Beizhing or Bei Jing?
August 13, 2012 9:42 AM Subscribe
posted by beisny (301 comments total)
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James Fallows, in a series of interesting blog posts
, questions the typical English pronunciation of China's capital city arguing that "the "jing" in Beijing is pronounced basically like the "jing" in Jingle Bells. It's essentially the normal English j- sound. What it's not like is the Frenchified zh- sound you hear in "azure" or "leisure," or at the end of "sabotage.""
One reader suggests, "My working theory about "Beijing/bay-zhing" is that at some deep, unconscious level, English speakers secretly believe that all foreign languages are French and should be pronounced as such in the absence of instructions to the contrary."
Another reader argues, "Major cities and countries have historically had different names in different languages, and these names serve a good purpose by being easy to pronounce and identify in the languages where they are used. There is really no more reason to say "Beijing" in English than "München" or "Moskva.""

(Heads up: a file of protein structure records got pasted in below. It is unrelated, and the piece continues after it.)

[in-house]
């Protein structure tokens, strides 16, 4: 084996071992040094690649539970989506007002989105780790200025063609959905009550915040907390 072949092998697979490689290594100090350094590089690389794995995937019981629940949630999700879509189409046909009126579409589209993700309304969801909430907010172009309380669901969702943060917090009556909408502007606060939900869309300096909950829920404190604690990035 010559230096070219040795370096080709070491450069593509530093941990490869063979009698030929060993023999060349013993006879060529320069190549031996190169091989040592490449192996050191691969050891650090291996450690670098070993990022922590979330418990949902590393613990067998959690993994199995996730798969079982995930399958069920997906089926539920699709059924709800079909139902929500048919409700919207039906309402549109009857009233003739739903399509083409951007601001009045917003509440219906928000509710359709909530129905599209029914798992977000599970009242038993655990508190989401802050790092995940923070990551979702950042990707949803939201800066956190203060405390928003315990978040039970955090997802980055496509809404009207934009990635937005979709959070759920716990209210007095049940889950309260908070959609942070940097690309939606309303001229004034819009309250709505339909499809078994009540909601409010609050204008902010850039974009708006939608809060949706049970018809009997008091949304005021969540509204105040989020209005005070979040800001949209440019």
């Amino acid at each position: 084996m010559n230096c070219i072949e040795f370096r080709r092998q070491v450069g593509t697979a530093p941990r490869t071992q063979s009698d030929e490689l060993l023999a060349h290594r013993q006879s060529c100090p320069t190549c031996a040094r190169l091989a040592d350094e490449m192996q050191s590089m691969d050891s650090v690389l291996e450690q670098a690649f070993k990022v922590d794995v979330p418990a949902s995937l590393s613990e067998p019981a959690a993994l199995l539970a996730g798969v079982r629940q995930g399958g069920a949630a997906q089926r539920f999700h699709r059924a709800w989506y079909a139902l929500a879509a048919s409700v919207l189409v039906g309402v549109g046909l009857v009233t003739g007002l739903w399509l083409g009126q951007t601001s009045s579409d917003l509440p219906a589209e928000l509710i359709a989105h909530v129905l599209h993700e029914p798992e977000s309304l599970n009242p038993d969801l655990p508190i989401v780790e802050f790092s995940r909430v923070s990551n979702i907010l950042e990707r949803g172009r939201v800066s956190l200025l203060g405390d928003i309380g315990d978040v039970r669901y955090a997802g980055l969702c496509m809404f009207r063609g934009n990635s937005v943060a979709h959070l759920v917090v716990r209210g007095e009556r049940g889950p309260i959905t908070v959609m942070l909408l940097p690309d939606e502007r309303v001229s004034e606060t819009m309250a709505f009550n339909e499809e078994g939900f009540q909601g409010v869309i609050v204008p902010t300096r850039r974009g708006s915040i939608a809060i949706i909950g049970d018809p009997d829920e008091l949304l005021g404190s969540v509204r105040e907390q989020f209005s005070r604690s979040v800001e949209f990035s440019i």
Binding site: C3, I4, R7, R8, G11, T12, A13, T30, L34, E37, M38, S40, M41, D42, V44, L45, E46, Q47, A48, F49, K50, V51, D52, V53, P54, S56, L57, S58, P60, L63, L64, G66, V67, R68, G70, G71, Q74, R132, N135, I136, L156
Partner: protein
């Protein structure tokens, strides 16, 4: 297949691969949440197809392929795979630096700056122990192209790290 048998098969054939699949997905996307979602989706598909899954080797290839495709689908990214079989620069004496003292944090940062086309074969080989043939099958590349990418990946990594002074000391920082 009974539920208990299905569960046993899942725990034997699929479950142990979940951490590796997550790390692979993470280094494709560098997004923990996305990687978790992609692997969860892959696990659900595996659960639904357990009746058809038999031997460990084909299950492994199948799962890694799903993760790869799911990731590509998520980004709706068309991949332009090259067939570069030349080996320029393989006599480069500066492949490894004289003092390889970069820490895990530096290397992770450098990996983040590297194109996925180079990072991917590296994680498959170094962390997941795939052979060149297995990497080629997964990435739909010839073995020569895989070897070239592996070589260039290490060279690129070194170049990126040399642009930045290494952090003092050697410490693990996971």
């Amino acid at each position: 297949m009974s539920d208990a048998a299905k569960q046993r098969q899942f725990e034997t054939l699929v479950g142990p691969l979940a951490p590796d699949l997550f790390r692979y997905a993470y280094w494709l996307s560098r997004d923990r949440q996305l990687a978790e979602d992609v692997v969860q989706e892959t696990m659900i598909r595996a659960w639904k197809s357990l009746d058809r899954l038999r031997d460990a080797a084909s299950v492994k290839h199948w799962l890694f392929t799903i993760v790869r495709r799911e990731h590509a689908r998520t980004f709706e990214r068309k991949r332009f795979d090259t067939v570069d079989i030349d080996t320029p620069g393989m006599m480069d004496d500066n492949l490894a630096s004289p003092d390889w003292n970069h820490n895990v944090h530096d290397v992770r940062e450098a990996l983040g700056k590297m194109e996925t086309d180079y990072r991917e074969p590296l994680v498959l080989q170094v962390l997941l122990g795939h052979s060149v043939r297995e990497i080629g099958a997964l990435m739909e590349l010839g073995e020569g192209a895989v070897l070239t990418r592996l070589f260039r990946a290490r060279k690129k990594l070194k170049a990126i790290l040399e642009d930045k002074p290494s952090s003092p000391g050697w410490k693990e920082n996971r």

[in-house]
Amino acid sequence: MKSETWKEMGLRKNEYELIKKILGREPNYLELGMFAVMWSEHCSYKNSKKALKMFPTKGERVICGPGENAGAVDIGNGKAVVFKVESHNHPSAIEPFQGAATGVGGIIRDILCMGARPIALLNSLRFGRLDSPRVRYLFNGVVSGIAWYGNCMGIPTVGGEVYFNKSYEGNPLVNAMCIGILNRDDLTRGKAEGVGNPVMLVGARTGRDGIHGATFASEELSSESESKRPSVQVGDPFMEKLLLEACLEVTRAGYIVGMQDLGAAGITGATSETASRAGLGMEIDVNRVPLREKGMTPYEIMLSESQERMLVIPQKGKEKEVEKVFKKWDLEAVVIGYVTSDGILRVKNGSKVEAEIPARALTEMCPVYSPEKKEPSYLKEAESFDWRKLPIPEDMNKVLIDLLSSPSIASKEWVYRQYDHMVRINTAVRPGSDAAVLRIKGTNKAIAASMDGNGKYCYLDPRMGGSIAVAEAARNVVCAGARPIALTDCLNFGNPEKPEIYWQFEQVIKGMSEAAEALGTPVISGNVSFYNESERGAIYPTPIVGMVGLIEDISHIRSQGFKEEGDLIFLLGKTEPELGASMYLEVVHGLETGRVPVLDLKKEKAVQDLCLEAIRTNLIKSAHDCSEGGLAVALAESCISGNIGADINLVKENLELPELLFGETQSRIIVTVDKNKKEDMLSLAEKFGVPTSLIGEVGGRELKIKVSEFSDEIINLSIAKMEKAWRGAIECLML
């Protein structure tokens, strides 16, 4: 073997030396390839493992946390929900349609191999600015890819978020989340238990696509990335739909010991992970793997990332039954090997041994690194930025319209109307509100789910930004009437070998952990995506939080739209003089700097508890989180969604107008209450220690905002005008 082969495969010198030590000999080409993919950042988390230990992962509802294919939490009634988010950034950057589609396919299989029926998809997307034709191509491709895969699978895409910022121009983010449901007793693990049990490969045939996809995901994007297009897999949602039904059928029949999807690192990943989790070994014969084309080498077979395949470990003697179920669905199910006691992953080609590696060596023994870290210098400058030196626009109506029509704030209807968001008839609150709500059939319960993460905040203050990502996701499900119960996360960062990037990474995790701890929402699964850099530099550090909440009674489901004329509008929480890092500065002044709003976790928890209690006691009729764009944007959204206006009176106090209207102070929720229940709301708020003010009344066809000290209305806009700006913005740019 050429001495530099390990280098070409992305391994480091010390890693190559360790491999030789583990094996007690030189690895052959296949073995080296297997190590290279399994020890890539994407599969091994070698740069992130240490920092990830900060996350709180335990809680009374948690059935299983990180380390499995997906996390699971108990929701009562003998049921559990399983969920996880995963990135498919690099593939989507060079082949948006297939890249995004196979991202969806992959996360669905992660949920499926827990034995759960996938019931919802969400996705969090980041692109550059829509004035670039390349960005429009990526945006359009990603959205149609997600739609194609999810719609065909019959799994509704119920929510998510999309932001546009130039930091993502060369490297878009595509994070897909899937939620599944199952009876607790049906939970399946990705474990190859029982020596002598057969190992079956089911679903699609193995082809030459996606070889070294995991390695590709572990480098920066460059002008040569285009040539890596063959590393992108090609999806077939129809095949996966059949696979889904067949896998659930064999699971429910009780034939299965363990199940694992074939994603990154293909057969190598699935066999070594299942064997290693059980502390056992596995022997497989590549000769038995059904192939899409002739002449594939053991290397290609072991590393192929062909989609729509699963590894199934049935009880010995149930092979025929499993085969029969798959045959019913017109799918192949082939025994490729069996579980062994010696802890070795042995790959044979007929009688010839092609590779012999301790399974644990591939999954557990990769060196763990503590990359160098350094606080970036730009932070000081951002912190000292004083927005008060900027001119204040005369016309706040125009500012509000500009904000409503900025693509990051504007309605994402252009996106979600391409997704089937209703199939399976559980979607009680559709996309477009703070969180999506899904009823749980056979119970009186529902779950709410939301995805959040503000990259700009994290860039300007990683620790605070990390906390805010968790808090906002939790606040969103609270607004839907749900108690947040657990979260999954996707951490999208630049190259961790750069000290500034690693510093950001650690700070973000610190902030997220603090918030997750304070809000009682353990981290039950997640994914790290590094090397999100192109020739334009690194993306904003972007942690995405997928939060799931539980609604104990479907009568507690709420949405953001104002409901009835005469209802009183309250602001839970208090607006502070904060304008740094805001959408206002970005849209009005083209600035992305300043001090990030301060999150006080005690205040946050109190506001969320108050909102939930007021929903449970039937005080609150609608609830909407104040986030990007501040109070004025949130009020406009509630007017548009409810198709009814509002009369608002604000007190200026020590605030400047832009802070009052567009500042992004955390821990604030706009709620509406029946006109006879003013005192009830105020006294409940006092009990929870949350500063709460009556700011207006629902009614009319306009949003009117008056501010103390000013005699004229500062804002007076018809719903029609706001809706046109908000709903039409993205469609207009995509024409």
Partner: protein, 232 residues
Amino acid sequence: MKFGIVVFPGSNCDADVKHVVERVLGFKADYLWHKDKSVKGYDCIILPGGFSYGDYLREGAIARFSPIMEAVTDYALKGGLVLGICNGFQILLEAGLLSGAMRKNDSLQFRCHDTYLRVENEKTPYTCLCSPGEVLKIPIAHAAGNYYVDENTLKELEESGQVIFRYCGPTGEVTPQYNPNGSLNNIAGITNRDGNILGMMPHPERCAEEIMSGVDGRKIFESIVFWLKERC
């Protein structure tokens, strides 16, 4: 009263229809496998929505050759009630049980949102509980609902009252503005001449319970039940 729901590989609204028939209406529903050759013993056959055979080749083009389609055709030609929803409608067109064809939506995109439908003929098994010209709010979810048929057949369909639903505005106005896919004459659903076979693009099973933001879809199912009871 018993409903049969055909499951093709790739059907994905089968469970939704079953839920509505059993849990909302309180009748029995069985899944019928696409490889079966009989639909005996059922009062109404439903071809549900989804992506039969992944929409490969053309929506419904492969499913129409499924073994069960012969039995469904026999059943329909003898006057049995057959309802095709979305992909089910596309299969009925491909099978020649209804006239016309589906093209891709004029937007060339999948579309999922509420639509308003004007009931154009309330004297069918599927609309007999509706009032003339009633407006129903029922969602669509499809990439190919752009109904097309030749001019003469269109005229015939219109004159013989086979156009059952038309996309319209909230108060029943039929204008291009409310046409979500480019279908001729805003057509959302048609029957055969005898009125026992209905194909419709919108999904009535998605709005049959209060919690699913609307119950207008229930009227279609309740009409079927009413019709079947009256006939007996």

is a"non-standard language form resulting from an unsuccessful attempt to apply the rules of a foreign language to a loan word (for example, the application of the rules of one language to a word borrowed from another) or, occasionally, a word believed to be a loan word. The result reflects "neither the... rules of English nor those of the language from which the word in question comes."
- the final e in fixe
is pronounced in the French
coup de grâce
- the c in grace
is pronounced in French
- apparently known as "queen of the hyperforeignisms", in French the ending is pronounced "ee" as opposed to "ay"
repartie - same as above, became repartee in English
- pronounced as brusketta in Italian
see the wikipedia page for more examples